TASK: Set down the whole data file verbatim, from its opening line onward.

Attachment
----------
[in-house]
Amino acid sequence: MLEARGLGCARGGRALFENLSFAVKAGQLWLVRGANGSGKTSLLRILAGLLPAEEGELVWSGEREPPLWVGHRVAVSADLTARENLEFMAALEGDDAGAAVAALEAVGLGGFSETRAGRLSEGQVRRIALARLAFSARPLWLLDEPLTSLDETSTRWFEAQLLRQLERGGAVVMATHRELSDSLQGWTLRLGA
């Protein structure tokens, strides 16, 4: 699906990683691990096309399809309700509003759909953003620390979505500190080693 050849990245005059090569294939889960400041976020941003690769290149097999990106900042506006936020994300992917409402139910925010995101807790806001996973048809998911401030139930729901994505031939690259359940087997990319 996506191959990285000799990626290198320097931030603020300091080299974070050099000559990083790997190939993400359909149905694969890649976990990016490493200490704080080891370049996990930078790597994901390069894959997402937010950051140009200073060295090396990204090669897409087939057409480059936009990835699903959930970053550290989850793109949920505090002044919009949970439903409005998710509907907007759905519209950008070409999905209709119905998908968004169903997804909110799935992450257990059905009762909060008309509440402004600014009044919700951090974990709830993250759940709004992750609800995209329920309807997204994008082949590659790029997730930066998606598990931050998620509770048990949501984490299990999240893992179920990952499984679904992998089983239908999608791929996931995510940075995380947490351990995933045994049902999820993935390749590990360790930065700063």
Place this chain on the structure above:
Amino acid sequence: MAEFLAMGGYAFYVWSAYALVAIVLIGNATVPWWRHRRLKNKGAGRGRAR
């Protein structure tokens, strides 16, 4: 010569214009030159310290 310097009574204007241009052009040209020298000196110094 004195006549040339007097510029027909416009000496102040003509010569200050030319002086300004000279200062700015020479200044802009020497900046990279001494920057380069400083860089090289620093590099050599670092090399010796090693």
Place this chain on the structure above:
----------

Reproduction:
[in-house]
Amino acid sequence: MLEARGLGCARGGRALFENLSFAVKAGQLWLVRGANGSGKTSLLRILAGLLPAEEGELVWSGEREPPLWVGHRVAVSADLTARENLEFMAALEGDDAGAAVAALEAVGLGGFSETRAGRLSEGQVRRIALARLAFSARPLWLLDEPLTSLDETSTRWFEAQLLRQLERGGAVVMATHRELSDSLQGWTLRLGA
């Protein structure tokens, strides 16, 4: 699906990683691990096309399809309700509003759909953003620390979505500190080693 050849990245005059090569294939889960400041976020941003690769290149097999990106900042506006936020994300992917409402139910925010995101807790806001996973048809998911401030139930729901994505031939690259359940087997990319 996506191959990285000799990626290198320097931030603020300091080299974070050099000559990083790997190939993400359909149905694969890649976990990016490493200490704080080891370049996990930078790597994901390069894959997402937010950051140009200073060295090396990204090669897409087939057409480059936009990835699903959930970053550290989850793109949920505090002044919009949970439903409005998710509907907007759905519209950008070409999905209709119905998908968004169903997804909110799935992450257990059905009762909060008309509440402004600014009044919700951090974990709830993250759940709004992750609800995209329920309807997204994008082949590659790029997730930066998606598990931050998620509770048990949501984490299990999240893992179920990952499984679904992998089983239908999608791929996931995510940075995380947490351990995933045994049902999820993935390749590990360790930065700063």
Place this chain on the structure above:
Amino acid sequence: MAEFLAMGGYAFYVWSAYALVAIVLIGNATVPWWRHRRLKNKGAGRGRAR
């Protein structure tokens, strides 16, 4: 010569214009030159310290 310097009574204007241009052009040209020298000196110094 004195006549040339007097510029027909416009000496102040003509010569200050030319002086300004000279200062700015020479200044802009020497900046990279001494920057380069400083860089090289620093590099050599670092090399010796090693």
Place this chain on the structure above: